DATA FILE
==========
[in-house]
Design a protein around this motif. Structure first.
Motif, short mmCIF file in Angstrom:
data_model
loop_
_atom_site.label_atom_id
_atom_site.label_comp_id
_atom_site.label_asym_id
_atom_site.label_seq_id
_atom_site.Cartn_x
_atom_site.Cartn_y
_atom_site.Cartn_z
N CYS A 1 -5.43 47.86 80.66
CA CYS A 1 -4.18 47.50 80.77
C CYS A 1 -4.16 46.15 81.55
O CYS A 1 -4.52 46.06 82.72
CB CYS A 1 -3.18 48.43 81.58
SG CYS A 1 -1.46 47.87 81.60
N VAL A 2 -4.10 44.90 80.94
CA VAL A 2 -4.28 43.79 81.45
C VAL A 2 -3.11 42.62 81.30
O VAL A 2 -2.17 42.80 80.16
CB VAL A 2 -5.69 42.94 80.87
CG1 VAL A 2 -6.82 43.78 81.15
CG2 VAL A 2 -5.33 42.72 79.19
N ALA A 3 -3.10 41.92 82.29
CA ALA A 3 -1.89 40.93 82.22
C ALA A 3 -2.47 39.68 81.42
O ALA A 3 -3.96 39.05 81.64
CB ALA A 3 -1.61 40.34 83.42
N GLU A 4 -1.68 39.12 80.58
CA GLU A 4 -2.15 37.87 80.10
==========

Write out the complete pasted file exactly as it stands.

[in-house]
Design a protein around this motif. Structure first.
Motif, short mmCIF file in Angstrom:
data_model
loop_
_atom_site.label_atom_id
_atom_site.label_comp_id
_atom_site.label_asym_id
_atom_site.label_seq_id
_atom_site.Cartn_x
_atom_site.Cartn_y
_atom_site.Cartn_z
N CYS A 1 -5.43 47.86 80.66
CA CYS A 1 -4.18 47.50 80.77
C CYS A 1 -4.16 46.15 81.55
O CYS A 1 -4.52 46.06 82.72
CB CYS A 1 -3.18 48.43 81.58
SG CYS A 1 -1.46 47.87 81.60
N VAL A 2 -4.10 44.90 80.94
CA VAL A 2 -4.28 43.79 81.45
C VAL A 2 -3.11 42.62 81.30
O VAL A 2 -2.17 42.80 80.16
CB VAL A 2 -5.69 42.94 80.87
CG1 VAL A 2 -6.82 43.78 81.15
CG2 VAL A 2 -5.33 42.72 79.19
N ALA A 3 -3.10 41.92 82.29
CA ALA A 3 -1.89 40.93 82.22
C ALA A 3 -2.47 39.68 81.42
O ALA A 3 -3.96 39.05 81.64
CB ALA A 3 -1.61 40.34 83.42
N GLU A 4 -1.68 39.12 80.58
CA GLU A 4 -2.15 37.87 80.10